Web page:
If you or someone you know is contemplating suicide, please call the free service at 841-2345, or the national suicide prevention hot lines at 1-800-SUICIDE (784-2433) or 1-800-273-TALK (8255).
Number of suicide deaths in Douglas County per year.
- 2006: 21
- 2007: 18
- 2008: 11
- 2009: 11
- 2010*: 22
*Through Dec. 17.
Source: County coroner’s office
At the end of a year when suicides increased in Douglas County, local prevention and counseling experts encouraged people to remain keyed in to warning signs and encouraged those affected by suicide to seek help.
It’s available in a wide variety of places in Douglas County. Marcia Epstein, director of Headquarters counseling center, said if anyone calls Headquarters, 24 hours a day, counselors can help direct the caller to assistance.
Douglas County has a higher rate of suicide deaths than the national average, and Kansas ranks 19th among the 50 states.
“Kansas is high, and Douglas County is high,” Epstein said.
Last year, through Dec. 17, 22 people had died by suicide in the county, according to records from the county coroner’s office. That’s up from 11 suicide deaths each in 2008 and 2009.
Dating back to 2006, more men than women died from suicide, and the ages ran the gamut from 13 to 88.
But numbers don’t often tell the whole story, Epstein said. Behind the numbers lie many other people whose lives are deeply affected, including mothers, children and friends.
National statistics, however, show that suicide can affect everyone, Epstein said.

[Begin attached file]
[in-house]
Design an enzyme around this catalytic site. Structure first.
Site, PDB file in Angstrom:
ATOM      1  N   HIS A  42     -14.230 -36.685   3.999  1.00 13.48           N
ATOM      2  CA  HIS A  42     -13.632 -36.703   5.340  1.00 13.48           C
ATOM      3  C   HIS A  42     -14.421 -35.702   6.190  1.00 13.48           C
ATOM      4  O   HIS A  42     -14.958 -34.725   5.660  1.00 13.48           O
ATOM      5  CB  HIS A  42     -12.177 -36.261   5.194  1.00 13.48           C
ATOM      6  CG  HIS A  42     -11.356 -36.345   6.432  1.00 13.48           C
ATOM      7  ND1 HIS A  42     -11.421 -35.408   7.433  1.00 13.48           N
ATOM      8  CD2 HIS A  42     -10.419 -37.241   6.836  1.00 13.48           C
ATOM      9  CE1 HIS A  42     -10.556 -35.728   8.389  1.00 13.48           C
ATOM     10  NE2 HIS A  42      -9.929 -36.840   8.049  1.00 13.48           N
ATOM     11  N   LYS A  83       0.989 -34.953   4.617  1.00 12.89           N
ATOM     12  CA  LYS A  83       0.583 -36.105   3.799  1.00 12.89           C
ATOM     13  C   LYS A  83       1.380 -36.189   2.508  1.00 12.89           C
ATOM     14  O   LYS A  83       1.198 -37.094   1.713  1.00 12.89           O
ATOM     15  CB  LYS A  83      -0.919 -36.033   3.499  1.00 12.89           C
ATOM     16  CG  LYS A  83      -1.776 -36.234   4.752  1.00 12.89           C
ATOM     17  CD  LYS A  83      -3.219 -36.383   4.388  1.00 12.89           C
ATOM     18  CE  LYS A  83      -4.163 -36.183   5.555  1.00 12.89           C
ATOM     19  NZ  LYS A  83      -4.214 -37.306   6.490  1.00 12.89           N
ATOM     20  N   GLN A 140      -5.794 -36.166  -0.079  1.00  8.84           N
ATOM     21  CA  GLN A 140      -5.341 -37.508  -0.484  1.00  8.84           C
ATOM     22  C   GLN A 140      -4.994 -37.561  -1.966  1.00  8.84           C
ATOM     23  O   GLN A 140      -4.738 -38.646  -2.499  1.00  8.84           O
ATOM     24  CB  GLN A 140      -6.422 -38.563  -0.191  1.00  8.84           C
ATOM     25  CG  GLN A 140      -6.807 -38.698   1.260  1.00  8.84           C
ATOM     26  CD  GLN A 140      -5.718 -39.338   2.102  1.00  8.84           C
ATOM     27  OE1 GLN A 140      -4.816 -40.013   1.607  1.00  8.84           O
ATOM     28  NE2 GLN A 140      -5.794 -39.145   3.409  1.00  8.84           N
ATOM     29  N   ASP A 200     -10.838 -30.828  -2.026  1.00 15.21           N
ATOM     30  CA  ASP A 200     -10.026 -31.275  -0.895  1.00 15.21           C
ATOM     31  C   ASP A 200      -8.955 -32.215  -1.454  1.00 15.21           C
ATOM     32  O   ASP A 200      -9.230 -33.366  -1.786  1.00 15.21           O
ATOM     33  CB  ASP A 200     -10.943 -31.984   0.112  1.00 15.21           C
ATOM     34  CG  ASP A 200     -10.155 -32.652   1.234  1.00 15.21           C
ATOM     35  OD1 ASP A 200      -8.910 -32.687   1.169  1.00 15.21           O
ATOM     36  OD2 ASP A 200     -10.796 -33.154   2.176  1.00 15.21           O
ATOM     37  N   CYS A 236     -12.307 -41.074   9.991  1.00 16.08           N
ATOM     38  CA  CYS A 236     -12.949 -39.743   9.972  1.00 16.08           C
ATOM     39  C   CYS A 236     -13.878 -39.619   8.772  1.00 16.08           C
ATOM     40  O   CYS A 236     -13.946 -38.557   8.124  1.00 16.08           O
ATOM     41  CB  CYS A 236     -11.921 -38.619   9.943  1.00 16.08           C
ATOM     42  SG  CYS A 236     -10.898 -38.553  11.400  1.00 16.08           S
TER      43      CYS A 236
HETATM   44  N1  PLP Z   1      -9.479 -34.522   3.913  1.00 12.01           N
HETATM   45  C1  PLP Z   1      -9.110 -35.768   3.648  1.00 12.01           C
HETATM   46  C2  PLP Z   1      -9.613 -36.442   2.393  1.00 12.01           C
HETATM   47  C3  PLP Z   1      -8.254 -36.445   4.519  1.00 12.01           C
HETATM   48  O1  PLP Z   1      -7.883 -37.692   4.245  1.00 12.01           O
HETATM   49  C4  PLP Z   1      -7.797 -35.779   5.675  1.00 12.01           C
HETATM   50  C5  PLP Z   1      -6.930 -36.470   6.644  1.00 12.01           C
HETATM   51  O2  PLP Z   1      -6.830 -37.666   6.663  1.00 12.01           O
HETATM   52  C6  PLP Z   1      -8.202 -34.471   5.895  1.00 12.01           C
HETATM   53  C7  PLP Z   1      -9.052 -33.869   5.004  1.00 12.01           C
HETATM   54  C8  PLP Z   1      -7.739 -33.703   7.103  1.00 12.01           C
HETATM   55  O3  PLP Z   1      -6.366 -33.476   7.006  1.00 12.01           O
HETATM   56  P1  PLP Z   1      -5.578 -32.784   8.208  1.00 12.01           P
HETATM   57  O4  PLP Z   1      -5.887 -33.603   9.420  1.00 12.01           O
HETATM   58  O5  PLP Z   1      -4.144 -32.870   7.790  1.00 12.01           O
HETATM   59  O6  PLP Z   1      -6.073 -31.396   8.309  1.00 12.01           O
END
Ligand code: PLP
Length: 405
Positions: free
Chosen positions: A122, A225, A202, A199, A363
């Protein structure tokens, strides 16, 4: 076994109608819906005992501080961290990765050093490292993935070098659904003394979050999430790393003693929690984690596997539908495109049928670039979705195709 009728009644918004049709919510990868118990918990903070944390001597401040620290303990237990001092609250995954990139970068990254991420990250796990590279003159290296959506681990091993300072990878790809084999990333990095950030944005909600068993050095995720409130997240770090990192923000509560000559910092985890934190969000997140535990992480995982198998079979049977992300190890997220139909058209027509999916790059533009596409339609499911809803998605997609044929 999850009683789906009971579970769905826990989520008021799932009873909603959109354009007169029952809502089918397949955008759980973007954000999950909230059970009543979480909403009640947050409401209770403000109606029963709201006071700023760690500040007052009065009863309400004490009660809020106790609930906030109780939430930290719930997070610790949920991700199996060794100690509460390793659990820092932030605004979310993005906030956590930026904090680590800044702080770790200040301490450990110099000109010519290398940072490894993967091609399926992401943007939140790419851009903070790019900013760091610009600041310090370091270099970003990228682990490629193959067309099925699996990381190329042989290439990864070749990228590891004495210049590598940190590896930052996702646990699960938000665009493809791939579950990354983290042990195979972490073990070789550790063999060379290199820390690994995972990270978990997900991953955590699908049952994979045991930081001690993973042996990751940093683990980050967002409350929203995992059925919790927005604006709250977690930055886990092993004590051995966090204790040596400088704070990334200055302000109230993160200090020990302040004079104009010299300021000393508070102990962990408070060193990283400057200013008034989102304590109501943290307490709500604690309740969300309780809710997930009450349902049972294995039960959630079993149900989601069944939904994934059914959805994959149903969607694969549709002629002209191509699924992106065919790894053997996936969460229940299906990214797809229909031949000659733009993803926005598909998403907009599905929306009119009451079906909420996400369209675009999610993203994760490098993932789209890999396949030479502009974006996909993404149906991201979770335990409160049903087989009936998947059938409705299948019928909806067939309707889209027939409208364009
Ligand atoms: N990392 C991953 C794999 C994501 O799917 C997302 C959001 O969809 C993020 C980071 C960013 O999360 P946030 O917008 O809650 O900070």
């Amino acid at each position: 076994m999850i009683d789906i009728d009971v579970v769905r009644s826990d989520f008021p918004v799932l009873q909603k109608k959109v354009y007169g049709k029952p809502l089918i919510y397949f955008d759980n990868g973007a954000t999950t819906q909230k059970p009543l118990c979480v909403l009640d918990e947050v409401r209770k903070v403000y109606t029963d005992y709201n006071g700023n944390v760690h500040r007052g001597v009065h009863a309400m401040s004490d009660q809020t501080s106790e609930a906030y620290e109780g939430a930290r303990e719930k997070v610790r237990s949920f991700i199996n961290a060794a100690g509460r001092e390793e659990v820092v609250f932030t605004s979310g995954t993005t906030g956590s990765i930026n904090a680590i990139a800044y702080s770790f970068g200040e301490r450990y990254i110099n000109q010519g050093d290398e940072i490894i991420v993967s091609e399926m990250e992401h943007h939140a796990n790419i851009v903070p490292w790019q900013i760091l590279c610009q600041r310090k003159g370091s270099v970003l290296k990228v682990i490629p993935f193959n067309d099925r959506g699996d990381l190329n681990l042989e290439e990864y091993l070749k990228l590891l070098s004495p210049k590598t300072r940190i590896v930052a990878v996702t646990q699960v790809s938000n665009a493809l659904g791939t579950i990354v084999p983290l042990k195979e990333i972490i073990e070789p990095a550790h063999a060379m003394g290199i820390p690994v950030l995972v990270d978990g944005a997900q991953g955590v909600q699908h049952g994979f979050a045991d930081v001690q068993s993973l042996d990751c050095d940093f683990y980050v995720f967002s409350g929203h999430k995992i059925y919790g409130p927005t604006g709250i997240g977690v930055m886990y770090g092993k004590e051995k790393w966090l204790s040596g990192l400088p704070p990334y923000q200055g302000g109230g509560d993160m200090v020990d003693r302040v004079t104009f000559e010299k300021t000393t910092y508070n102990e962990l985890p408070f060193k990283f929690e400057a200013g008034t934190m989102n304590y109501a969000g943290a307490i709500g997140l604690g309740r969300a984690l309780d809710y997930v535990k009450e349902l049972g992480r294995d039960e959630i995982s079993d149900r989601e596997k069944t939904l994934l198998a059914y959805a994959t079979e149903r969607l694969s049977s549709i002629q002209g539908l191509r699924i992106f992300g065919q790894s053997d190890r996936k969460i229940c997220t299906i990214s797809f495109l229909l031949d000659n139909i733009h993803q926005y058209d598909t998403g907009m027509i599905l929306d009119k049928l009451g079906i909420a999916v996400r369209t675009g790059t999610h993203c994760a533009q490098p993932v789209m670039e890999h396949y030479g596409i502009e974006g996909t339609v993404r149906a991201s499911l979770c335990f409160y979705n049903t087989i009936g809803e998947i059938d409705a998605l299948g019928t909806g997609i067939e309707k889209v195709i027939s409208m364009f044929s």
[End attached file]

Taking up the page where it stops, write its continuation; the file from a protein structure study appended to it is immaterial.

“You can’t just know that kind of demographic information about someone and say that person is safe,” she said.
Epstein provided some tips for people who are concerned about someone who may be contemplating suicide.
One suggestion: Don’t be afraid to ask “Are you thinking about suicide?” if someone appears to be in a bad spot. And show concern by actively listening, she said.
Everyone’s heard of suicide, Epstein said, so it’s very unlikely that a concerned person would plant the idea in someone’s head.
“We have the chance of helping by getting it out in the open,” she said.
If the person says yes, then don’t ignore it and seek help, Epstein said.
Co-workers and friends can watch for other indicators. Look for signs of loss, she said. In older people, that can mean the death of family members or friends, and in younger people, it can mean not making the sports team, or suffering the loss of a relationship.
Other potential signs someone may be in a deep depression or contemplating suicide include:
• Not showering or shaving for days on end.
• Suddenly acting more aggressive than usual.
• Sleeping all the time.
• Being unable or unwilling to eat.
• Long-lasting painful emotions.
• Thoughts about not being capable of handling one’s own emotions or feelings.
Those signs may not always lead to suicide but are good indications that other issues may be present, including depression or anxiety, Epstein said.
And it’s a good idea to limit access to lethal means like firearms, razors or large amounts of medication, too, she said.
Though it’s a myth that more suicides occur during the holidays — summer typically sees more suicides, she said — it’s an issue that the city and the community face all the time.
“Unfortunately, we deal with the issue of suicide every single day,” Epstein said.